There is an advantage of cooling the oil just before it heads off to the cam though (it's cooler when hitting the cam thus removing more heat). Cooling oil off just before it hits the sump may have the effect of the oil getting re-heated in the block back up to the the temp it was before it was cooled, the cam will see no cooling effect in this case. I used a thermo-couple and had done some measurements. The little radiators have very little off-set in temp so the closer the cooler is to the cam the better. If the copper coil around the frame as a radiator provides highly efficient cooling it may make sense doing it there at the sump, and then there is the electric fan.. That too helps the case ;) Basically doing it at the sump is best case if you have a cooling system that is very efficient but it may need a temperature sensor operated bypass for cold days. My guess is Mr G has that.

The little cooler on the oil filter cover does provide value, not enormous amounts but enough to be worth it. A bigger heavy duty radiator would be nice, especially CNC cut out of aluminum so it could take a big hit.
 
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So either the bleed screw or wrong filter is my theory!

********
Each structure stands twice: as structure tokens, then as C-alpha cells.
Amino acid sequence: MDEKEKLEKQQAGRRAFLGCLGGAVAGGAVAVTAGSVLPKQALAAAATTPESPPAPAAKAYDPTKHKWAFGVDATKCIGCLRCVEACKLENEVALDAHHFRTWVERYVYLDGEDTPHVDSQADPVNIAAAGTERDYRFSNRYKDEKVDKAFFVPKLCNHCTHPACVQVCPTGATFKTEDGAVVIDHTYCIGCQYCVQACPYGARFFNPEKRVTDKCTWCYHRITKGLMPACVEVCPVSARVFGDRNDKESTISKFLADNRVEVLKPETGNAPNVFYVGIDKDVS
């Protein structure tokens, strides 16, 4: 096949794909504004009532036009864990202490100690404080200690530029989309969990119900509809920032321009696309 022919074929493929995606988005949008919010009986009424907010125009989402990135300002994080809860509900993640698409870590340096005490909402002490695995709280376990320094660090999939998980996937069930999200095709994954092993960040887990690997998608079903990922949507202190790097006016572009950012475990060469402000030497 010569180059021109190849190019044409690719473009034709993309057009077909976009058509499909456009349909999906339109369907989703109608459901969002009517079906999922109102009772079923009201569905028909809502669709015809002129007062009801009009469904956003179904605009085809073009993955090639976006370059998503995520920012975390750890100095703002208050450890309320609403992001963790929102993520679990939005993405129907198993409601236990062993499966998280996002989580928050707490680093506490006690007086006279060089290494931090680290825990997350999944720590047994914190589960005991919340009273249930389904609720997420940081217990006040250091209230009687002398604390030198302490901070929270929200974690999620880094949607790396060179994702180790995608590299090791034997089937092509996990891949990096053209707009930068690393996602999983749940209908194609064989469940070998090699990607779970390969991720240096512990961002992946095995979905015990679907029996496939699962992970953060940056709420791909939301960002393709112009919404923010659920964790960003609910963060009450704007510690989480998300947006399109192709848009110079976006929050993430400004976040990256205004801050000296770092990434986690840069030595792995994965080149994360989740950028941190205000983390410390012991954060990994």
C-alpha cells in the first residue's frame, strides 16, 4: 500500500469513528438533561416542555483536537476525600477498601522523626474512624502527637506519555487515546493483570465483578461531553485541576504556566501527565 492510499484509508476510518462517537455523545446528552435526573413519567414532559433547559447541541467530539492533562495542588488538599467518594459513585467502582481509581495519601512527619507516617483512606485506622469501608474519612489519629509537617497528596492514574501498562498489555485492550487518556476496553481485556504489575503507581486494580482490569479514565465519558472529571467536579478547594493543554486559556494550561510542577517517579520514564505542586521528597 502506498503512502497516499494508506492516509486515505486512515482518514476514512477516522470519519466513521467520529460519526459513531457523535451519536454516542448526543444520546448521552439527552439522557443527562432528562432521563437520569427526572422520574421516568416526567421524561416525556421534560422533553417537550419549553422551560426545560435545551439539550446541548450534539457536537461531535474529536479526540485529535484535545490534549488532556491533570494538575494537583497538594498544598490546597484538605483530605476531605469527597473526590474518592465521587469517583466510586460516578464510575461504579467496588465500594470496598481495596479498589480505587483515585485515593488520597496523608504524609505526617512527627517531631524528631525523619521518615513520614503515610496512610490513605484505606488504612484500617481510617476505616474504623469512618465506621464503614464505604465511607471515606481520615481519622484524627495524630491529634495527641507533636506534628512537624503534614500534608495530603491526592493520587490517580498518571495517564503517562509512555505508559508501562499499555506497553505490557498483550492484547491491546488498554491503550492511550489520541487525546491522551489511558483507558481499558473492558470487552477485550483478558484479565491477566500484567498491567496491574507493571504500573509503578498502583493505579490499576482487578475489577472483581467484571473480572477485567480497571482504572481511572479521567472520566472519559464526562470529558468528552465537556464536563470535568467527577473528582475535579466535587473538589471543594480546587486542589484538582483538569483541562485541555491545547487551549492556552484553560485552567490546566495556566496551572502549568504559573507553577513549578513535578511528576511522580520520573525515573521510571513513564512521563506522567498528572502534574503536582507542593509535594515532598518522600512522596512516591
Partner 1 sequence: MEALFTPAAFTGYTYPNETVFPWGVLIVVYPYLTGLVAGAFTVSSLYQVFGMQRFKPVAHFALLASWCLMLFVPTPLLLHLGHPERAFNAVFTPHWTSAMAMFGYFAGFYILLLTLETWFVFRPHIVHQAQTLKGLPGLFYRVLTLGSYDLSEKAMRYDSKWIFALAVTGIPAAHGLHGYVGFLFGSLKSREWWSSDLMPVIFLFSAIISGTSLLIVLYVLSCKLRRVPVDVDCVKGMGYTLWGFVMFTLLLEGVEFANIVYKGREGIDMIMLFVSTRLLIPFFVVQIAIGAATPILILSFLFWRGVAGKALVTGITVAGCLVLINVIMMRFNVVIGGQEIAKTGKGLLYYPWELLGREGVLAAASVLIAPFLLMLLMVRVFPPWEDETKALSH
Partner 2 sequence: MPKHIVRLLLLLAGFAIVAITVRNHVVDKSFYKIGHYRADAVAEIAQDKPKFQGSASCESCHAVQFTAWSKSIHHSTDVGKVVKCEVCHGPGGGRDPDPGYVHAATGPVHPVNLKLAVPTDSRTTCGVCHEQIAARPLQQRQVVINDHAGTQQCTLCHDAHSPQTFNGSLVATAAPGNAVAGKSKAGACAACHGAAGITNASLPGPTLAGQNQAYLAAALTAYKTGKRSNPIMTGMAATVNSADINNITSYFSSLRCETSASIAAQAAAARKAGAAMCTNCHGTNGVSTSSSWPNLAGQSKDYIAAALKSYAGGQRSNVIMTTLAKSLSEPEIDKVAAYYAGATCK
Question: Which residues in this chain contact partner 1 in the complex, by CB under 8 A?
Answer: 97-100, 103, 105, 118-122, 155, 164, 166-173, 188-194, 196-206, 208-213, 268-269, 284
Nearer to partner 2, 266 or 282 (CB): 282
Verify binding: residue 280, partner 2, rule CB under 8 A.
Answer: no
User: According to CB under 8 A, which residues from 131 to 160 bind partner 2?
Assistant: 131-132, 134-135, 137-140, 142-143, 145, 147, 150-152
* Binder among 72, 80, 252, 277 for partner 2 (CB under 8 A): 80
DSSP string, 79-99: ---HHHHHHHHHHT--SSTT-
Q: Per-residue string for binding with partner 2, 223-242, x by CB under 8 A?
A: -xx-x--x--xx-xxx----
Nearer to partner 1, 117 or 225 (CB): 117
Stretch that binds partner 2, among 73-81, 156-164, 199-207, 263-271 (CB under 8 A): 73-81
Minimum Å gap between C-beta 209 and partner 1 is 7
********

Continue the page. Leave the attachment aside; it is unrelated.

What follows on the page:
I this happened to me and I had read this thread, I would arm myself with the picture of the filters, the good and the bad. Along with that I would have the links to the thread where the fella had his serviced and the wrong filter was installed....Then I would go to the dealer with the bike. Be nice and explain the problem to the manager... Explain this is a situation out of control. Request that you are present when the filter is removed for inspection. I would even take the allen wrench that fits the filter cover along with a bucket to catch the oil so if the dealer declines to let you watch, go out to the bike and remove the filter right there in the parking lot.

As we know there have been many instances of forum members having the wrong filter... Just think, there are about 10,000 members of this thread and about 1K active... How many TW200's are out there? +1 million? Oh my, sad to think that there may be LOT'S of abandoned TW's out there... disgusted owners....

Jim
 

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I suppose if we are really obsessive about pre-oiling the cam area we could always just bump the starter a few times without letting engine begin it's infernal combustion; just enough to let oil pump drive oil from sump up to and through the head.
Irregardless of having an oil cooler or not the drain down of oil occurs, both in the stock TW as well as likely every other stock engine car, boat, plane, lawnmower we have lying around. I am not worried and thus not obsessive. Just like to spit ball ideas around with you smart folks.

EDIT: My apologies to Mrmike for hi-jacking his thread r.e. his personal problem with a new TW.
Sorry Sir, figured hi-jack was OK until we hear back from you and your adventure with the dealer and the oil filter status.